Former Israeli president starts jail term for rape conviction
Israel's former president, Moshe Katsav, began a seven-year jail sentence for rape and sexual offences yesterday, insisting that he was an innocent man who was being "buried alive".
His detention marks the culmination of an unedifying public spectacle that has dragged on for five and a half years. His conviction last December was hailed by Israelis as a victory for the legal system, proof that no man is above the law, even as it cast an unflattering spotlight on the country’s political elite, brought low by a series of scandals in recent years.
Katsav, a 66-year-old immigrant from Iran, was convicted of twice raping a female employee while a Cabinet minister, and sexually harassing two other women during his tenure as head of state from 2000 to 2007. He lost his appeal against the conviction last month.
Before leaving for Maasiyahu prison in central Israel yesterday morning, a haggard Katsav proclaimed his innocence to reporters, saying that his conviction was based on a version of events, and not evidence. “The state of Israel is executing a man today on the basis of impressions, without real time testimony, without evidence,” the disgraced politician said. “One day, consciences will prick and you will see that you buried a man alive.”
Lacking forensic evidence, prosecutors built the case against Katsav relying almost entirely on the testimony of his victims. The women did not know each other, yet provided remarkably similar accounts of his behaviour, which legal experts believe may have convinced the judges of his guilt. Sentencing him, the judge said that Katsav was “manipulative,” and that his testimony was “riddled with lies.”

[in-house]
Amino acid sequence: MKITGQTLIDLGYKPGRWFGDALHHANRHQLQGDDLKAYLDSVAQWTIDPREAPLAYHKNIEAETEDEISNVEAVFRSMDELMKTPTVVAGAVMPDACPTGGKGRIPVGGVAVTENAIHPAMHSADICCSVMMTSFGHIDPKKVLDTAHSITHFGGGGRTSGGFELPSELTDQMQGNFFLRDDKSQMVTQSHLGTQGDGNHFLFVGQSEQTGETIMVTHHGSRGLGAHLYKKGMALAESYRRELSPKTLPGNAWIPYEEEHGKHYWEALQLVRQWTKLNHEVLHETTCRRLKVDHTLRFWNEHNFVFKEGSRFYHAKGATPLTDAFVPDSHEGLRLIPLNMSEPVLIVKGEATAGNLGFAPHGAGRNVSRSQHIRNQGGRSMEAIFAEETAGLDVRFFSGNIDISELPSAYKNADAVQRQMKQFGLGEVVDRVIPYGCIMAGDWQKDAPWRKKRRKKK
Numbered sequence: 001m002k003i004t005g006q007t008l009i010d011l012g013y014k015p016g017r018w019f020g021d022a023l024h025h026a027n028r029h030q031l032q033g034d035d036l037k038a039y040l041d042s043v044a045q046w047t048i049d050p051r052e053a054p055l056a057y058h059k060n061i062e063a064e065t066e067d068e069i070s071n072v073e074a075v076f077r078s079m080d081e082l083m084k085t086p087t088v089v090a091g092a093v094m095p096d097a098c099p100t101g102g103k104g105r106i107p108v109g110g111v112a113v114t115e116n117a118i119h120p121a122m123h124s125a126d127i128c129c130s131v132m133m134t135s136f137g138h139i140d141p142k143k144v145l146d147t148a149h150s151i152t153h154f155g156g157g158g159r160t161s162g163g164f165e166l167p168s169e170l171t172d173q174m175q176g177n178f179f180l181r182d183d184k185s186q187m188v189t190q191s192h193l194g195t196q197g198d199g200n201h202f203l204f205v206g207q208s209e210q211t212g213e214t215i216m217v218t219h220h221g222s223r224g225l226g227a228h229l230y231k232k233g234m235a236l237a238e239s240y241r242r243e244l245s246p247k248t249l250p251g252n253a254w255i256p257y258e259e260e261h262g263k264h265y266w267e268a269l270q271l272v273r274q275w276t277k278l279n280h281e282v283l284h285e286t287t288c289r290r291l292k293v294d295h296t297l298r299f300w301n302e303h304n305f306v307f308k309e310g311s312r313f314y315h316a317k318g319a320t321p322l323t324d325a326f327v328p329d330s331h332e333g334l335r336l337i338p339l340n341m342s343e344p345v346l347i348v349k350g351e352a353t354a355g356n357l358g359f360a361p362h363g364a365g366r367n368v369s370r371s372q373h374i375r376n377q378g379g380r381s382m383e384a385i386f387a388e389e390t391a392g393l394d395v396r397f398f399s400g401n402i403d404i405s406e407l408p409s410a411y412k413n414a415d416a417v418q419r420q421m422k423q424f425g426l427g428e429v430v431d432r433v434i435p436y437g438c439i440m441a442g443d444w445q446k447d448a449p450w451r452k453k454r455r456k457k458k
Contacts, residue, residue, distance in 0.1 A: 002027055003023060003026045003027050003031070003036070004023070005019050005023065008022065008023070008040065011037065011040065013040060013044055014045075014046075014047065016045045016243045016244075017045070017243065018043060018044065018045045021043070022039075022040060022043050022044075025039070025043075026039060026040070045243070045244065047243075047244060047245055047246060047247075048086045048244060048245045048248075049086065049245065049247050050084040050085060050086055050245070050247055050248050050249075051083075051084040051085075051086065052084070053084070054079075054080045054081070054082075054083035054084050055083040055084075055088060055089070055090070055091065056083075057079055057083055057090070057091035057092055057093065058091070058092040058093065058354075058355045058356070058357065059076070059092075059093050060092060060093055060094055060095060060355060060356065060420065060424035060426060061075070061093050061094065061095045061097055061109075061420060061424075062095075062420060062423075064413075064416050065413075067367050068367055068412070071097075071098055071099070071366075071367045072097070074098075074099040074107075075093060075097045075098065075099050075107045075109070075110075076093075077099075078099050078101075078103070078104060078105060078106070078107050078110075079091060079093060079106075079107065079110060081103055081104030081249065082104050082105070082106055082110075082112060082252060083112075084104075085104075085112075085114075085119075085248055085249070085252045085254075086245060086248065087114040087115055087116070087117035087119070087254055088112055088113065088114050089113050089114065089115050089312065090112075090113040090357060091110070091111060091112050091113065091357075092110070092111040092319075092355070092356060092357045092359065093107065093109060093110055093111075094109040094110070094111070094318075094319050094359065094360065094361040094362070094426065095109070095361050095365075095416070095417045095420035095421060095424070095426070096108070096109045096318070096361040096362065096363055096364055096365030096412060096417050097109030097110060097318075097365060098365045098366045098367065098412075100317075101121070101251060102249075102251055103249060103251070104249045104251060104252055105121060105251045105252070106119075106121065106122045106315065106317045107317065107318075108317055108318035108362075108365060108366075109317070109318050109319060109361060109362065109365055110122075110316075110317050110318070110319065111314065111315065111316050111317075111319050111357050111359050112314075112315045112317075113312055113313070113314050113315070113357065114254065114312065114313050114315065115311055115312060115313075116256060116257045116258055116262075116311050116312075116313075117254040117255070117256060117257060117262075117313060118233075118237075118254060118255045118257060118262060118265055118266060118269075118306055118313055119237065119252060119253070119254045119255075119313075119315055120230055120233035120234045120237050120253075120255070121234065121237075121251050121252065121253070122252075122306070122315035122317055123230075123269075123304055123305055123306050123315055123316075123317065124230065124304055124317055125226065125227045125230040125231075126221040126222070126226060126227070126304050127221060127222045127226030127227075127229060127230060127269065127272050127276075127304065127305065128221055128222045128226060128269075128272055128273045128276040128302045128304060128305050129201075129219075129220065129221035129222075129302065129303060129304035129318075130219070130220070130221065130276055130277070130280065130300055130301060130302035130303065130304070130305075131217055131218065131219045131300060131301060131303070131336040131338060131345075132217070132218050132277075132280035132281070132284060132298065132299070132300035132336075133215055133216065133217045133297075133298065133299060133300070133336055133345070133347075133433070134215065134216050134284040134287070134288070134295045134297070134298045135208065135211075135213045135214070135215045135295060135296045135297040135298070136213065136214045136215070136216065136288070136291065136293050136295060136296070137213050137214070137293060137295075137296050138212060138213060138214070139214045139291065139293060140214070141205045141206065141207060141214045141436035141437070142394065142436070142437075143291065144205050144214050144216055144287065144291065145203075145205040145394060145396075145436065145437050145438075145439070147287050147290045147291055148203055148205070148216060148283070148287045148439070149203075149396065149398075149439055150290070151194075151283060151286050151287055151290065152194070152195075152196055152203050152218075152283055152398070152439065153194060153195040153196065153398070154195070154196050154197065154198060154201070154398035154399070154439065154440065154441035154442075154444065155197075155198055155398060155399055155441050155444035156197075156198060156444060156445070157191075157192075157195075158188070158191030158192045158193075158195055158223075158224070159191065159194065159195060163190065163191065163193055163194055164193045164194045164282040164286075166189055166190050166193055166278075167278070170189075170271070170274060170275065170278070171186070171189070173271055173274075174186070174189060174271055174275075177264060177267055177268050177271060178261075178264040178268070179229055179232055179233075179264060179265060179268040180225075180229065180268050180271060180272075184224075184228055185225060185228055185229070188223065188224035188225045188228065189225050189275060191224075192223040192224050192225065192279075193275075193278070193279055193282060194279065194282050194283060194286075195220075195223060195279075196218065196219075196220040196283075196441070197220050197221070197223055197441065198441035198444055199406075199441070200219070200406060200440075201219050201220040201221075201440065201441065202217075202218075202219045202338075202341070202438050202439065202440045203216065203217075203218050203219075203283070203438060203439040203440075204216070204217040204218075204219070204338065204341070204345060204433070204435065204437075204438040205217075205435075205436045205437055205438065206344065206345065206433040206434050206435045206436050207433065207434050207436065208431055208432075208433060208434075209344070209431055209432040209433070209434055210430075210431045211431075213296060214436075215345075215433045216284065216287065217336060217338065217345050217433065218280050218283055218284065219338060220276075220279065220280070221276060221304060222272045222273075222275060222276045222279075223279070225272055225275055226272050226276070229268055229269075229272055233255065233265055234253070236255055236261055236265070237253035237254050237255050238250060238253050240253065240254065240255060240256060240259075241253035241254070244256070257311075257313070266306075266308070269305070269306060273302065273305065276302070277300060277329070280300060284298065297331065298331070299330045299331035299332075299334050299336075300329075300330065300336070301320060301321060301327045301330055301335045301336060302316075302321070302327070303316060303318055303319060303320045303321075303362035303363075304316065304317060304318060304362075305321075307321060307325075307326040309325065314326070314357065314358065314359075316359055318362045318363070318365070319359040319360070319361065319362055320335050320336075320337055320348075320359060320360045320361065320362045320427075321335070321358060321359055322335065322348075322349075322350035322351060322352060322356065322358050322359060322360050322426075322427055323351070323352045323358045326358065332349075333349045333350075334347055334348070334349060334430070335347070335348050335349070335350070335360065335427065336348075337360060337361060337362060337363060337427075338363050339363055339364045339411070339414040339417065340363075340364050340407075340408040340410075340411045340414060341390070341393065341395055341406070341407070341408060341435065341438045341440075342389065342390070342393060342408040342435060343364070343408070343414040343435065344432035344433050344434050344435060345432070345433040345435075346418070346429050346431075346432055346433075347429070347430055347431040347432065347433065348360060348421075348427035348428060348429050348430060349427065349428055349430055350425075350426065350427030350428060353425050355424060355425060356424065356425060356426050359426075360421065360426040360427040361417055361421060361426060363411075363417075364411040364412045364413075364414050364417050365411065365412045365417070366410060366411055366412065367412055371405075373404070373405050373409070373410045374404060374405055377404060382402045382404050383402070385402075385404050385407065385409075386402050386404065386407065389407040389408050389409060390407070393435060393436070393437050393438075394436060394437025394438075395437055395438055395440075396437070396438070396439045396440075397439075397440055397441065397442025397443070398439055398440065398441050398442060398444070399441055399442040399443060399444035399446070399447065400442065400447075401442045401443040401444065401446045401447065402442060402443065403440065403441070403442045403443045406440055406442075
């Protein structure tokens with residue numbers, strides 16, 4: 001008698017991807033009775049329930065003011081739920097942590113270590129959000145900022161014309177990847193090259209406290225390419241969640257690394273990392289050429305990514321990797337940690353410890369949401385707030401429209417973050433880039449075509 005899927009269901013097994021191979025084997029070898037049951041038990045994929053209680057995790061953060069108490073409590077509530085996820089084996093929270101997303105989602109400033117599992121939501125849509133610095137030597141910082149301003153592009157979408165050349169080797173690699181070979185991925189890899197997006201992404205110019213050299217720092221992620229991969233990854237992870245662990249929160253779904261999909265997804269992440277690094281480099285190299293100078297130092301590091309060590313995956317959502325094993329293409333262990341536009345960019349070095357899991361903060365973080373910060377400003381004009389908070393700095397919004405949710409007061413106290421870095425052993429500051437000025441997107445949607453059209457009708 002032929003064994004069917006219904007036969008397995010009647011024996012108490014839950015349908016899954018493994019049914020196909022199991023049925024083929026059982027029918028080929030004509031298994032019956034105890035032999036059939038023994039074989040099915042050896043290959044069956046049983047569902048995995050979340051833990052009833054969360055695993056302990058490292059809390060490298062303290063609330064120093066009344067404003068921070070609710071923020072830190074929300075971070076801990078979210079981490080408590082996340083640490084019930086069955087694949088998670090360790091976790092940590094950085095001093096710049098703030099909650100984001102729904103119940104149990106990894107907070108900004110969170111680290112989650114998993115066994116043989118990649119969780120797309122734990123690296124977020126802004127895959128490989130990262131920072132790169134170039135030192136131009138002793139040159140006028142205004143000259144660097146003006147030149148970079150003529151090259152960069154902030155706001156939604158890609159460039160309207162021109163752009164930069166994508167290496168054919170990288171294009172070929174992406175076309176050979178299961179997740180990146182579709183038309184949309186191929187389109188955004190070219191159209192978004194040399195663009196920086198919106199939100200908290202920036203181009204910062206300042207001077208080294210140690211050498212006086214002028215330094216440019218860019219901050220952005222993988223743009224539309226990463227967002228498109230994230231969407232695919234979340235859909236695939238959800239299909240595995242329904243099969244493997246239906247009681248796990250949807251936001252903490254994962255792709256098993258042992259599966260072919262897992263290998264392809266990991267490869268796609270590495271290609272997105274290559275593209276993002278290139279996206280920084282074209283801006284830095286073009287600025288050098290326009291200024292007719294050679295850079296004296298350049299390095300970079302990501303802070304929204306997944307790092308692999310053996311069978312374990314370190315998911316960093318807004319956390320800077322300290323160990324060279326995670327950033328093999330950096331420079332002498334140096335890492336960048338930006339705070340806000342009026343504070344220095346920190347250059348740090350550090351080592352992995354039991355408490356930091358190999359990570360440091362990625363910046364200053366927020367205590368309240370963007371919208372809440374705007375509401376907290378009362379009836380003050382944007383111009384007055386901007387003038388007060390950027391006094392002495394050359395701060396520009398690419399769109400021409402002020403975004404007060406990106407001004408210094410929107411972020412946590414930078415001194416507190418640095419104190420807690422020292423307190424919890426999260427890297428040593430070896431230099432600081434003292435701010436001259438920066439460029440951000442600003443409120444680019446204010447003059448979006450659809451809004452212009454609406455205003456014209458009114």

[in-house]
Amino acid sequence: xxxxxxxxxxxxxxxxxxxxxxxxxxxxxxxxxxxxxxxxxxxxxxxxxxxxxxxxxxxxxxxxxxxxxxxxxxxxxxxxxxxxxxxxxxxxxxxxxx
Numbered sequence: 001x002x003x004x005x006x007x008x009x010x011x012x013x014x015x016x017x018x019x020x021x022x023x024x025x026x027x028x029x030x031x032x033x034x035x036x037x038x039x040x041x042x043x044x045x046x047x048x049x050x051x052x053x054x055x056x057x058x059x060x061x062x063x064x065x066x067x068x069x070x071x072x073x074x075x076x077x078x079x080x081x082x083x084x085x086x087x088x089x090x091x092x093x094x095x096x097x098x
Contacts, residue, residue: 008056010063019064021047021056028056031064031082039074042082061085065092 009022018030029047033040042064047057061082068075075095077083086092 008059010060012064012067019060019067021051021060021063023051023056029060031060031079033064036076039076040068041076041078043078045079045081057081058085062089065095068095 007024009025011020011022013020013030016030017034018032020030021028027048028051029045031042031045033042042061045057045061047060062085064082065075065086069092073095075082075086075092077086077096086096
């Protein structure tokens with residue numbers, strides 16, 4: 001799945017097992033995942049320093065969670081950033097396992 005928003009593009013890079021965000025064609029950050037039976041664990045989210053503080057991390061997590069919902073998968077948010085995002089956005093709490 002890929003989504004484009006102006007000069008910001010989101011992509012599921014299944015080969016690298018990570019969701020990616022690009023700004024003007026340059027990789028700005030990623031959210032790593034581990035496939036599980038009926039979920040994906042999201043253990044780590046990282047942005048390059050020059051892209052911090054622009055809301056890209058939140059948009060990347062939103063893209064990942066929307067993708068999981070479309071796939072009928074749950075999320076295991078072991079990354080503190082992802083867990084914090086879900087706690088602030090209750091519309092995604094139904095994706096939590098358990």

Few, though, expected the sentencing to be so severe, not least because of the intense media scrutiny and his years of public service. But it was precisely because he had abused a position of power that the judge said he was compelled to deny him leniency.
Katsav has never accepted any wrongdoing: “I’m about to pay the price for something I haven’t done,” he told the AP. “I’ve hugged and kissed women but not in an inappropriate way. We’ve become like Saudi Arabia. A hug is a sex offence.”
The former head of state has consistently insisted that he is the victim of a media witch-hunt, motivated, he claims, by racial discrimination and disdain for his working class background.
When the allegations against him became public in 2007, he came under enormous pressure to resign the presidency, forcing him to hand over to rival Shimon Peres. He initially accepted a plea bargain that spared him jail, to the fury of women’s rights groups, but later decided to prove his innocence in the courts.
A series of high-profile scandals have left many Israelis feeling deeply disillusioned with the country’s political elite in recent years. Ehud Olmert, a former prime minister, is on trial for corruption, while Foreign Minister Avigdor Lieberman is facing charges of fraud.
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